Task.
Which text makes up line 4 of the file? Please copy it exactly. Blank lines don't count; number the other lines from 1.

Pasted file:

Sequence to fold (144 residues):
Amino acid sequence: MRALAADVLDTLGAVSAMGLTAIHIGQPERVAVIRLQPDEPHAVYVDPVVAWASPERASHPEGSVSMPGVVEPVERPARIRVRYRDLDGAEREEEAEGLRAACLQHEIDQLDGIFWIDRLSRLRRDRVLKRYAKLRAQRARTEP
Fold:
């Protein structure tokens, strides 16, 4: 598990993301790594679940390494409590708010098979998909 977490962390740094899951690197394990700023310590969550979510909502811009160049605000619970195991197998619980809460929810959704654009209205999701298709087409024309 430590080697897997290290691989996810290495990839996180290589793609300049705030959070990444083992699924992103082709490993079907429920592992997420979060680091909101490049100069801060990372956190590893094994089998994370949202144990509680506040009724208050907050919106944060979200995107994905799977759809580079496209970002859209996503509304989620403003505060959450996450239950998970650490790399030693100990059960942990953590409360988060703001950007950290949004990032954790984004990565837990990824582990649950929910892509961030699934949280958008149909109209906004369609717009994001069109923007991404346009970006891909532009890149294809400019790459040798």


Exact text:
């Protein structure tokens, strides 16, 4: 598990993301790594679940390494409590708010098979998909 977490962390740094899951690197394990700023310590969550979510909502811009160049605000619970195991197998619980809460929810959704654009209205999701298709087409024309 430590080697897997290290691989996810290495990839996180290589793609300049705030959070990444083992699924992103082709490993079907429920592992997420979060680091909101490049100069801060990372956190590893094994089998994370949202144990509680506040009724208050907050919106944060979200995107994905799977759809580079496209970002859209996503509304989620403003505060959450996450239950998970650490790399030693100990059960942990953590409360988060703001950007950290949004990032954790984004990565837990990824582990649950929910892509961030699934949280958008149909109209906004369609717009994001069109923007991404346009970006891909532009890149294809400019790459040798």